Toronto needs to have growth in the portion of the tax base that generates excess revenue. So long as there is an increase in the proportion of the class of properties that consume more than they produce in revenue, Toronto will still be chased by a financial snowball.

Thursday, March 4, 2010

Duke's Revisited

A few years ago, a fire on Queen St. West (near Bathurst) destroyed a number of buildings. Among them was was the property 623-625 Queen St. West, owned by the Duke family. The building housed there own store, Dukes Cycle, and above there were some rental apartments. The old building was paying property tax of (commercial portion) $8,671 per year, based on a 2008 CVA assessment of $654,975. This amount was only 32.6% of the full tax rate, as it was protected by a cap. Unprotected the tax would climb to $ 26,598 per year. The cap was set to diminish over the years until 2016 when all properties in Toronto would be taxes at the full CVA rate. Now, with the building destroyed, any new building will face paying taxes at the full CVA rate. As such the viability of the commercial space is in question.

Councillor Adam Vaughan has been working diligently to help address the difficulties in the redevelopment of these properties. This is what he found….

” Through the process of working with the six property owners of these buildings in the aftermath of the fire, I have discovered that any new buildings constructed on the fire site would pay property taxes at the full CVA rate, and would be ineligible for capping protection. The reality of the significant tax increases facing these property owners threatens the viability of redeveloping these properties with street-related commercial uses. The longer the fire site remains vacant, the more severe the social and economic impacts facing Queen West and the broader neighbourhood become. This is why it is in the City’s interest to facilitate a timely and appropriate replacement of the lost fabric of this street. ”

Think about this. It is not viable to rebuild commercial space on Queen West, on land that is already owned. If the redevelopment of these properties had included the need to purchase the land also, it would have only compounded the problem and made it even more un-viable. The added cherry on top is that the calculation of the new tax burden were based on the 2008 MPAC assessments. In the case of Dukes cycle (623-625 Queen St. West) it was woefully under-assessed. The 2008 assessment has these properties valued at $ 654,975.00. As someone who is very familiar with the area, this assessment does not reflect the market. The Cameron house, a much smaller building of similar age is currently listed for more than 2 million. In light of this it is fair to say that being un-viable at a full CVA tax rate of $ 26,598 per year, think about what might happen with a more realistic assessment. If the commercial portion of the assessment was updated to a more realistic 1.5 million, the taxes would rise to more than $60,000 per year.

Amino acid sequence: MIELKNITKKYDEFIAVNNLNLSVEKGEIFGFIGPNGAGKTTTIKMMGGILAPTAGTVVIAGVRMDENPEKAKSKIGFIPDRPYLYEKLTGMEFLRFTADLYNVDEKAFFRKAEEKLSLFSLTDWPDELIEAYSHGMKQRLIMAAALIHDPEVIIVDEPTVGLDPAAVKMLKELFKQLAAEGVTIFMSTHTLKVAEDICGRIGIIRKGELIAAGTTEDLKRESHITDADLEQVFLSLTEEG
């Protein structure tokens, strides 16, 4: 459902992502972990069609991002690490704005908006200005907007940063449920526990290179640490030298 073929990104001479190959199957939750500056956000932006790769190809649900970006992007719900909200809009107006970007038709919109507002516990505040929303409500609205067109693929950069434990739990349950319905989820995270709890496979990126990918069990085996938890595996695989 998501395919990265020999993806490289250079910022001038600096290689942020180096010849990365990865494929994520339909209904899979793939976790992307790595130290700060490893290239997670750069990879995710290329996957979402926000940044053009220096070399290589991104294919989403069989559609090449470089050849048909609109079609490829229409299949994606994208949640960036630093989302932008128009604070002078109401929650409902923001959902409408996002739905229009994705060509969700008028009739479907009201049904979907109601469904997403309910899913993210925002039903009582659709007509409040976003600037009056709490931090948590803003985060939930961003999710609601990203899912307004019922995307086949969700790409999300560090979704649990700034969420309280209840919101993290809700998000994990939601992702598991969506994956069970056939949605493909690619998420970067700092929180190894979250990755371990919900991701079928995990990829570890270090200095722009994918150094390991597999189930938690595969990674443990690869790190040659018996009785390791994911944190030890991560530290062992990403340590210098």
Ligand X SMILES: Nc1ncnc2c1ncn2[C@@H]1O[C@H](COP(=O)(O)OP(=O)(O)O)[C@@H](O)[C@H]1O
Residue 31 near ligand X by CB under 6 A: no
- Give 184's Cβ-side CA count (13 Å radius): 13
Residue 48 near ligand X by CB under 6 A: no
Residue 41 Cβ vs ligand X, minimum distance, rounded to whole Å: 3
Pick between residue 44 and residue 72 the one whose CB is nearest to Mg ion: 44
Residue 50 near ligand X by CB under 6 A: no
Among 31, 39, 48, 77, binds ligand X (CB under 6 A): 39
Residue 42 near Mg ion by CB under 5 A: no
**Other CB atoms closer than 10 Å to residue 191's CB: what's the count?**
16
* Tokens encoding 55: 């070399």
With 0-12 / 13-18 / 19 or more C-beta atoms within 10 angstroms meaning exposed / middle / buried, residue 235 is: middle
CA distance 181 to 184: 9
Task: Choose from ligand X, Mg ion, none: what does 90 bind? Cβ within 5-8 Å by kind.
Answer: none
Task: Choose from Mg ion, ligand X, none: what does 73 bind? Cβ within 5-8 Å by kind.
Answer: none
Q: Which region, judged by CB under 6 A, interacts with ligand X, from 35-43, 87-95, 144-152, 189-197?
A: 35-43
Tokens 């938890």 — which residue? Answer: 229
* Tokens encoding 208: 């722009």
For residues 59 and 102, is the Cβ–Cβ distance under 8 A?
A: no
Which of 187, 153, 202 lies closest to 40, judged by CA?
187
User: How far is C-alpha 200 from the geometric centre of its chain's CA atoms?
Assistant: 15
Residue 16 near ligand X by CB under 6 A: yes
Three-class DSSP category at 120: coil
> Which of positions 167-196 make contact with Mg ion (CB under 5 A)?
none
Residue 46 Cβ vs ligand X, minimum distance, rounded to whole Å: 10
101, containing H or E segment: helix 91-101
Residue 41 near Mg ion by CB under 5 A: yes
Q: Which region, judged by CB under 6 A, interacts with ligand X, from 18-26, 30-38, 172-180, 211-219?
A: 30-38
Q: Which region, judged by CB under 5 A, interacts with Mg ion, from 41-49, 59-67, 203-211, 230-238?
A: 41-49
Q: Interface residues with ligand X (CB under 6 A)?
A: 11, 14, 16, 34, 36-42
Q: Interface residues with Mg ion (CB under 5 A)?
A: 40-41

How sad. It is barley viable to rebuild commercial space on Queen West, one of the most vibrant retail streets in Toronto, on land that is already owned. With a undervalued assessment and a million dollars in insurance money. If the redevelopment of these properties had included the need to purchase the land, had a realistic assessment, and a greater need for financing, the notion to rebuild would be dead in the water.

If your wondering about how a property that is un-viable retain it value, there is a answer to this. MPAC!. MPAC will heavily rely on comparable sales, instead of income, for valuing small properties. On the one hand, this makes sense. Market value is reflected by recent purchases. What MPAC does not do is account for two extremely important issues. Firstly, there is the speculative value of such properties. Properties such as these sell at a premium to their value if one was to rely solely on projected income (Cap values). The reason for this is their value is not captured in there present form, but once they can be converted to residential condos. Secondly MPAC is oblivious to the fact that the rate of tax itself has an effect on value. Even though this is a well covered area in academia and reality….